To Catch a Scallop
In Quebec, the great majority of scallops are harvested along the coast of the St. Lawrence, across from Havre-Saint-Pierre and south of the Magdalen Islands. Living at the bottom of the ocean in groups, which are referred to as scallop beds, these molluscs are found on rock, gravel or shell substrates. Their movements are quite limited. Fishers know the locations of these scallop beds quite well, returning to them every year when the season opens, reports http://www.megafishnet.com/ with reference to Fisheries and Oceans Canada.
But how do we ensure that this resource doesn't get depleted? That's the responsibility of the Department of Fisheries and Oceans (DFO). Biologist Hugo Bourdages at the Maurice Lamontagne Institute in Mont-Joli Quebec is working on it. He produces a scientific report assessing scallop stocks in Quebec every three years. His assessment of stocks and of different control measures has helped ensure stable scallop populations in these main harvesting zones. Two scallop species are found in Quebec waters: Atlantic sea scallops and Icelandic scallops. This article focuses specifically on the Atlantic sea scallops harvested around the Magdalen Islands.
The commercial scallop fishery took off in Quebec in the mid-1960s. Predictably, scallop stocks declined after the resource was exploited for the first few years. Over time, however, Fisheries and Oceans Canada established a number of control measures to help replenish and maintain the stocks. In particular, harvesting was reduced by imposing quotas or fishing days in the most critical areas. In the Magdalen Islands, fishers are each entitled to 15 fishing days per season. During these authorized fishing days, they have no restrictions on the volume they harvest. However, the number of hours at sea is rigorously controlled and each fishing vessel must be equipped with a satellite positioning device.
Modifications to fishing gear are another form of control measure. Scallops are harvested with a dredge, which looks more or less like a basket that is dragged along the seabed. A series of these dredge bags are used to capture scallops (see Figure 1). The size of the rings in the dredge bags is regulated to ensure that only scallops with a shell size larger than the minimum 95 mm (in the case of sea scallops) remain in the bags. Scallops of this minimum size are generally five to six years of age. Although scallops can live more than 20 years, they achieve their maximum growth around the age of six years. Between their fifth and sixth year of life, the meat weight of a sea scallop can increase from nine to 13 grams. Since the market value of scallops is determined by meat weight, it is to the advantage of fishers to leave smaller specimens in the water.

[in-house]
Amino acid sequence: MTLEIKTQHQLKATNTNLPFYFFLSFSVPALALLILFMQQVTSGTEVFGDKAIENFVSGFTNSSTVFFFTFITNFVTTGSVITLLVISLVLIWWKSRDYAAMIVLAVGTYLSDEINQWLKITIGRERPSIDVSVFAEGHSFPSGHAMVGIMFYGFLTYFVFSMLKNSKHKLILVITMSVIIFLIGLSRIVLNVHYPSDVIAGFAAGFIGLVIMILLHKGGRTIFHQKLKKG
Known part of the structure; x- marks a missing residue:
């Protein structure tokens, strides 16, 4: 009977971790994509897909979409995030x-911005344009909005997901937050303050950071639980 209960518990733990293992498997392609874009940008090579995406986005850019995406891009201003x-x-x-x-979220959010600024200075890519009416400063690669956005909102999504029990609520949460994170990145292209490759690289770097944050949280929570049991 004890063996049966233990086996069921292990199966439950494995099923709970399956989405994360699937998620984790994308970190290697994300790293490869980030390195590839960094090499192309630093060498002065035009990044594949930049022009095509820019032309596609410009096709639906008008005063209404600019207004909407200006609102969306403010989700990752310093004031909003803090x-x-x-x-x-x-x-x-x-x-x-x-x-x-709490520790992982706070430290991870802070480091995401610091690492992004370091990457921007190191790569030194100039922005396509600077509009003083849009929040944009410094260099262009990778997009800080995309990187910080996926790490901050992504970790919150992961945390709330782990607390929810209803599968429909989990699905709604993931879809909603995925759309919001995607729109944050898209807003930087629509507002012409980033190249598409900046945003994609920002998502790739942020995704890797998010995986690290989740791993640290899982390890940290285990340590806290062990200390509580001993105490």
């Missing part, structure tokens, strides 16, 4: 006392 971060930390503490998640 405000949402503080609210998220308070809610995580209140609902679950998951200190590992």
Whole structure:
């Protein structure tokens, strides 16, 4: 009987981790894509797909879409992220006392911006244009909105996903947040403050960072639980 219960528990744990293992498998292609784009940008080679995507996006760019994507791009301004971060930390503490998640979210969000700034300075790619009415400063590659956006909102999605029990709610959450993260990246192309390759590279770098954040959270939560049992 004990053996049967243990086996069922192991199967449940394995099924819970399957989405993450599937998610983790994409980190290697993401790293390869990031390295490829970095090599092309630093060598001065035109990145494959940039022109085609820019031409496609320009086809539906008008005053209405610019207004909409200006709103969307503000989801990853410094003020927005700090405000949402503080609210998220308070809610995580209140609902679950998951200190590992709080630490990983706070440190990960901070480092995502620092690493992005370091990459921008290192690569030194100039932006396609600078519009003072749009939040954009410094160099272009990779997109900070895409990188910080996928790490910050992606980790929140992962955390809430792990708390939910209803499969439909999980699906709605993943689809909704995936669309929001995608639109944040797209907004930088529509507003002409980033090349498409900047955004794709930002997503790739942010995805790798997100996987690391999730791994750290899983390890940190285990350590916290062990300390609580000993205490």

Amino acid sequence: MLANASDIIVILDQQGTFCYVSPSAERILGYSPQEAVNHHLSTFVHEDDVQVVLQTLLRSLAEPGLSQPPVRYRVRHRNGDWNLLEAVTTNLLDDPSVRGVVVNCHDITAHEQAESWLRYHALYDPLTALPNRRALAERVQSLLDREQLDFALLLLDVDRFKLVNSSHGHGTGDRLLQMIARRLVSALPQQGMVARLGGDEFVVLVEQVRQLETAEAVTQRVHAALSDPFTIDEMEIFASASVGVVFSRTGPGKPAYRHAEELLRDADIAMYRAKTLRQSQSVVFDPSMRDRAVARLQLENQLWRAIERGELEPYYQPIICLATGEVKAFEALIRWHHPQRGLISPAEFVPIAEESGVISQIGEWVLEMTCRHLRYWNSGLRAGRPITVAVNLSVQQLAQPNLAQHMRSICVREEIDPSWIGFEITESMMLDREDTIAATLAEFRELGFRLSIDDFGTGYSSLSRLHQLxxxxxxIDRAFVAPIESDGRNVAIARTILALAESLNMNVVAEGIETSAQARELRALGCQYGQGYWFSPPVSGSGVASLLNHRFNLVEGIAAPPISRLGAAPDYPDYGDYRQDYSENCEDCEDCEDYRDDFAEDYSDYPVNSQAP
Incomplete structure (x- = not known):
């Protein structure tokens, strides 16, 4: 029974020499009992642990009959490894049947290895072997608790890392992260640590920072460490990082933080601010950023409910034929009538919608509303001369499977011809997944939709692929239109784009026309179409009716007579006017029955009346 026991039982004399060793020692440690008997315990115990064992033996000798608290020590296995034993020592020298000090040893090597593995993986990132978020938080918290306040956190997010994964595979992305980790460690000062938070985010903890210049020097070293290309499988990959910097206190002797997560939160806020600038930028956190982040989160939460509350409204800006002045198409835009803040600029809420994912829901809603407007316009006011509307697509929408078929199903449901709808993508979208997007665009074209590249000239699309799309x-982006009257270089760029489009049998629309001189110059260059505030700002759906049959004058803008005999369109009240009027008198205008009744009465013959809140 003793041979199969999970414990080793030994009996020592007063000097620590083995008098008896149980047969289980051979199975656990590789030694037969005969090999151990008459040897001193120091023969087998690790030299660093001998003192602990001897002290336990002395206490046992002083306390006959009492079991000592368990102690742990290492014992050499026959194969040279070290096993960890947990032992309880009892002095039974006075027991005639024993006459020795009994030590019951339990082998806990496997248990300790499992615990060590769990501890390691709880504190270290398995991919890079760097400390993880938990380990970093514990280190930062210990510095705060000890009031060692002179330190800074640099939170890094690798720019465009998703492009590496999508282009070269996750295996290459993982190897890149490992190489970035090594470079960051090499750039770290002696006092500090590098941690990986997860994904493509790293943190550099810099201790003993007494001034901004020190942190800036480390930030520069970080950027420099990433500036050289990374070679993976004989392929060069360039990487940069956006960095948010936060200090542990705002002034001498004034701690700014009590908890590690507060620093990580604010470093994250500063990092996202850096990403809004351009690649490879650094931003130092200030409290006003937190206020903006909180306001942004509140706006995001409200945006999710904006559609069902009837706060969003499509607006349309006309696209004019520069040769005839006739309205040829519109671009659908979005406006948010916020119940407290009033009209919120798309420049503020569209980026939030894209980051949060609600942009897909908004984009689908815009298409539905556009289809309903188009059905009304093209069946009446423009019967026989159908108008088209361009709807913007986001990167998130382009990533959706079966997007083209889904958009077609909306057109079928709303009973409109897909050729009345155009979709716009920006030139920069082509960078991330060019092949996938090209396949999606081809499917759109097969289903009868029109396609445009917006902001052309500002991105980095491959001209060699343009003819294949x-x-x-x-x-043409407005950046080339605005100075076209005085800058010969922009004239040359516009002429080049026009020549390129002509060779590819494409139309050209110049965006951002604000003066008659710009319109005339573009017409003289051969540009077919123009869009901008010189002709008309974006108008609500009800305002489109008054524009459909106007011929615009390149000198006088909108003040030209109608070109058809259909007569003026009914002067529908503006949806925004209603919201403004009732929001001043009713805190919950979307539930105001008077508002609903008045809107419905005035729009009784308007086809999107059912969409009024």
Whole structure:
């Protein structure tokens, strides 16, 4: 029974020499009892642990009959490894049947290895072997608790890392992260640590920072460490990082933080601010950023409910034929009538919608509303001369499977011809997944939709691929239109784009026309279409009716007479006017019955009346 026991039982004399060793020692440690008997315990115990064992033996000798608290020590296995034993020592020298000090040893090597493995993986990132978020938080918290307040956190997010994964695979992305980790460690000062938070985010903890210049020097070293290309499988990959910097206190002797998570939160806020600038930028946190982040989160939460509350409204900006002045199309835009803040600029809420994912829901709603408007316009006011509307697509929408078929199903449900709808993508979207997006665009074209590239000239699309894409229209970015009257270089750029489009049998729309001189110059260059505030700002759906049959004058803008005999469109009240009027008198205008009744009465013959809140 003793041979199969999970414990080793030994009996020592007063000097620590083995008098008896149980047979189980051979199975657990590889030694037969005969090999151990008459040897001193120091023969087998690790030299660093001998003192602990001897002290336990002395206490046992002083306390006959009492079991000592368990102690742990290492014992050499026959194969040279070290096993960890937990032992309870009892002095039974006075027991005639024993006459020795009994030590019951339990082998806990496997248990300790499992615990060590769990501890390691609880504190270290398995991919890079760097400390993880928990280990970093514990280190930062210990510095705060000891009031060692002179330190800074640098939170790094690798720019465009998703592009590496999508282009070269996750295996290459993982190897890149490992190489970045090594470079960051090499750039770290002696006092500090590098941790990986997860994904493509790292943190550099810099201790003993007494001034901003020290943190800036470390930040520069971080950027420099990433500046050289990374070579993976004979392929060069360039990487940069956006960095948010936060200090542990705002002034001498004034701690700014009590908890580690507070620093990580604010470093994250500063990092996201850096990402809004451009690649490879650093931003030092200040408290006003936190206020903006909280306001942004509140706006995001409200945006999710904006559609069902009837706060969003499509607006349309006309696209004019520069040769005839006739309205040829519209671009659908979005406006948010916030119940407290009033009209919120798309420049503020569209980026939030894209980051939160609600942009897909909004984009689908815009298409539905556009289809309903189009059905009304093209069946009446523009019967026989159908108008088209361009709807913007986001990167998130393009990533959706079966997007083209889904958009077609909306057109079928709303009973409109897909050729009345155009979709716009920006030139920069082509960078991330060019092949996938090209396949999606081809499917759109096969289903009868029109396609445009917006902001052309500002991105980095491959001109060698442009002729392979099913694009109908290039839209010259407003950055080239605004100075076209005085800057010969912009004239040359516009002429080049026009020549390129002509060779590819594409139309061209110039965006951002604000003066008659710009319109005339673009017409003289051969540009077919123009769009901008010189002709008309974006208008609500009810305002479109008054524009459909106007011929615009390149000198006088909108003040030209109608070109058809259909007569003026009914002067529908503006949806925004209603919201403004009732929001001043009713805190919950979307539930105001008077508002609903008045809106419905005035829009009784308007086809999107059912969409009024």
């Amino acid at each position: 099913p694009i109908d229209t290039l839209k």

However, the minimum catch size for Atlantic sea scallops is being called into question, with a view to increasing reproduction of the species. DFO is considering increasing the ring size of dredge bags from 95 to 100 mm. It would not be the first time that such an increase was imposed: ring size has already been increased from 85 mm to 90 mm and, subsequently, from 90 mm to 95 mm. For fishers, increasing the minimum catch size would mean leaving scallops in the water for an additional year. The benefit to doing so would be in the larger scallops harvested. From a physiological standpoint, this additional year of life for scallops would increase their production of gametes. Scallops reproduce in water by releasing gametes, which are fertilized: the microscopic eggs released by females are fertilized by sperm released by males. The release of more gametes will thus improve the rate of successful reproduction and increase the size of the next generation of scallops. Fishers are actively involved in reviewing control measures. In particular, they participate in research projects at sea that use dredge gear with rings of different diameters. The idea is to develop dredge gear that will minimize catches of scallops under the legal limit.
In addition to minimum catch sizes and control over the fishing process, it is necessary to know how efficiently authorized fishing gear works. What percentage of the scallops in beds are actually caught when fishers dredge the ocean bottom? The efficiency of scallop dredge gear has been a question of particular interest to DFO Science Sector experts. Studies conducted on the subject since the 1970s have placed dredge gear efficiency at between 10% and 20%, meaning that only about one in five scallops is caught on any given haul. This low fishing gear success rate led to the belief that the resource could not be over-exploited. However, more recent studies have cast a measure of doubt on those results, indicating that dredge gear is in fact far more efficient than originally believed. To clarify the situation and adjust its regulations accordingly, DFO conducted a research project to test various dredge gear efficiency assessment methods.
Researchers used data from the commercial fishery, namely fishers' own logbooks, as well as records of landings and independent at-sea sampling programs. They also did experimental fishing using the same dredge gear as the fishers and specially designed software. The results were surprising: dredge gear efficiency is substantially higher (40% to 70%) than what had been estimated 30 years ago. When fishers dredge over a bed of scallops, they catch about half of them. The yardstick that fisheries management depended on has changed dramatically! It's precisely this type of data that biologist Hugo Bourdages uses to form the scientific advice he gives to those managing the fishery.
The advancement in knowledge achieved through research projects and the adaptation of fisheries management tools therefore make it possible to closely monitor the state of the resource, preserve it, and ensure that fishers will be harvesting scallops well into the future.